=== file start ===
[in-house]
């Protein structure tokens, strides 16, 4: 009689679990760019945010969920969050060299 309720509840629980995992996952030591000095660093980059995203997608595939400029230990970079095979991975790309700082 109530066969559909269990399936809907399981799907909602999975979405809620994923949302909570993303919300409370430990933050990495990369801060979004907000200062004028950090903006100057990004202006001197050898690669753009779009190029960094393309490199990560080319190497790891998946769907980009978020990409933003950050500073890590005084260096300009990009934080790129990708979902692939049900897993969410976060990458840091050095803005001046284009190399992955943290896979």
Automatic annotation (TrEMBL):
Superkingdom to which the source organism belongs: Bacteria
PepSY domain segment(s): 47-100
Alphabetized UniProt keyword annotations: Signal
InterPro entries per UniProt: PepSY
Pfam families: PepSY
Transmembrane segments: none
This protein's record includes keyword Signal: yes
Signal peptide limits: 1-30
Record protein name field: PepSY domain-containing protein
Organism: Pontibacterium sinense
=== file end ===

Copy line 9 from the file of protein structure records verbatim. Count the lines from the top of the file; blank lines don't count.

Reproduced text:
Transmembrane segments: none